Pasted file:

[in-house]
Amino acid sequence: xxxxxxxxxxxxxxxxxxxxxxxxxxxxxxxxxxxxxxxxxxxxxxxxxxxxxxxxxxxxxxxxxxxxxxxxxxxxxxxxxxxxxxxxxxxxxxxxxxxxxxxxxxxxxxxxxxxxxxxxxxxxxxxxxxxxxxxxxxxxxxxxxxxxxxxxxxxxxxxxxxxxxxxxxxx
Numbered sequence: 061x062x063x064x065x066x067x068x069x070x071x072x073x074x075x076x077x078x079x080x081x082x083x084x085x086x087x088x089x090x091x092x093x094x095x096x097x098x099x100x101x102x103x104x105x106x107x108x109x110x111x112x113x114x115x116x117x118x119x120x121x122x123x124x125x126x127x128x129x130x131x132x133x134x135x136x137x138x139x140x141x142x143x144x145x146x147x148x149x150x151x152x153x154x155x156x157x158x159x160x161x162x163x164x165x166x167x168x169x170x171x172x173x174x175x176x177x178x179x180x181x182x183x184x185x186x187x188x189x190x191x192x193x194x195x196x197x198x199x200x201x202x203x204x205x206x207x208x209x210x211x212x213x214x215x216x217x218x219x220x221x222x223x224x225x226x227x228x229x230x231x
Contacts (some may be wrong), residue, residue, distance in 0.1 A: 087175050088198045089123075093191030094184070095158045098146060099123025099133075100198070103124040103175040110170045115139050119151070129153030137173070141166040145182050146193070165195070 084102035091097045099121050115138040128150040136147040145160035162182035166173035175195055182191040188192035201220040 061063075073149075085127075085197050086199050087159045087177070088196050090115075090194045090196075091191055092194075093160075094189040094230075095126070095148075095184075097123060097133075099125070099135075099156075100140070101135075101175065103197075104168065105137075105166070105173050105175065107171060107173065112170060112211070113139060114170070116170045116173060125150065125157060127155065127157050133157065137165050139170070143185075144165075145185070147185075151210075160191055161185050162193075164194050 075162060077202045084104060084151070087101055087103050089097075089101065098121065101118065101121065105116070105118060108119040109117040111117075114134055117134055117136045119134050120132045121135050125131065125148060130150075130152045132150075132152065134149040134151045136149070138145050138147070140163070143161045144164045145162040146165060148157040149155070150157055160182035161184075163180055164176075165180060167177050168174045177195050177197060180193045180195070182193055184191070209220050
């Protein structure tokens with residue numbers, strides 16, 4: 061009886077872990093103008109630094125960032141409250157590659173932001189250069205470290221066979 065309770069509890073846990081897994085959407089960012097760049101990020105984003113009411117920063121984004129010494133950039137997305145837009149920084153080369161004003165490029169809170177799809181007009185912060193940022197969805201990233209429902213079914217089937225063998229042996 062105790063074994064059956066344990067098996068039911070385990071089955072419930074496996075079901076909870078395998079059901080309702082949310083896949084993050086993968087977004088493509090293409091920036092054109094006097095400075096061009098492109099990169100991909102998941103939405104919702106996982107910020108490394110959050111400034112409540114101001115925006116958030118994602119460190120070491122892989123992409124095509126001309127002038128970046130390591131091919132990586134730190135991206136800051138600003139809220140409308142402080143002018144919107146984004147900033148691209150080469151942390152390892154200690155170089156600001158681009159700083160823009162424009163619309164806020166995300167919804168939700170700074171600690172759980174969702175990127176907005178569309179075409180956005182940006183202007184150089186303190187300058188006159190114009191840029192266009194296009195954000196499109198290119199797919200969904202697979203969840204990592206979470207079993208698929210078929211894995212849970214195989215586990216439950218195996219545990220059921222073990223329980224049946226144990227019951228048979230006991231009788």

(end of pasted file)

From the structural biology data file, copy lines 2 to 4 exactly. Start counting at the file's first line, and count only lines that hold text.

Amino acid sequence: xxxxxxxxxxxxxxxxxxxxxxxxxxxxxxxxxxxxxxxxxxxxxxxxxxxxxxxxxxxxxxxxxxxxxxxxxxxxxxxxxxxxxxxxxxxxxxxxxxxxxxxxxxxxxxxxxxxxxxxxxxxxxxxxxxxxxxxxxxxxxxxxxxxxxxxxxxxxxxxxxxxxxxxxxxx
Numbered sequence: 061x062x063x064x065x066x067x068x069x070x071x072x073x074x075x076x077x078x079x080x081x082x083x084x085x086x087x088x089x090x091x092x093x094x095x096x097x098x099x100x101x102x103x104x105x106x107x108x109x110x111x112x113x114x115x116x117x118x119x120x121x122x123x124x125x126x127x128x129x130x131x132x133x134x135x136x137x138x139x140x141x142x143x144x145x146x147x148x149x150x151x152x153x154x155x156x157x158x159x160x161x162x163x164x165x166x167x168x169x170x171x172x173x174x175x176x177x178x179x180x181x182x183x184x185x186x187x188x189x190x191x192x193x194x195x196x197x198x199x200x201x202x203x204x205x206x207x208x209x210x211x212x213x214x215x216x217x218x219x220x221x222x223x224x225x226x227x228x229x230x231x
Contacts (some may be wrong), residue, residue, distance in 0.1 A: 087175050088198045089123075093191030094184070095158045098146060099123025099133075100198070103124040103175040110170045115139050119151070129153030137173070141166040145182050146193070165195070 084102035091097045099121050115138040128150040136147040145160035162182035166173035175195055182191040188192035201220040 061063075073149075085127075085197050086199050087159045087177070088196050090115075090194045090196075091191055092194075093160075094189040094230075095126070095148075095184075097123060097133075099125070099135075099156075100140070101135075101175065103197075104168065105137075105166070105173050105175065107171060107173065112170060112211070113139060114170070116170045116173060125150065125157060127155065127157050133157065137165050139170070143185075144165075145185070147185075151210075160191055161185050162193075164194050 075162060077202045084104060084151070087101055087103050089097075089101065098121065101118065101121065105116070105118060108119040109117040111117075114134055117134055117136045119134050120132045121135050125131065125148060130150075130152045132150075132152065134149040134151045136149070138145050138147070140163070143161045144164045145162040146165060148157040149155070150157055160182035161184075163180055164176075165180060167177050168174045177195050177197060180193045180195070182193055184191070209220050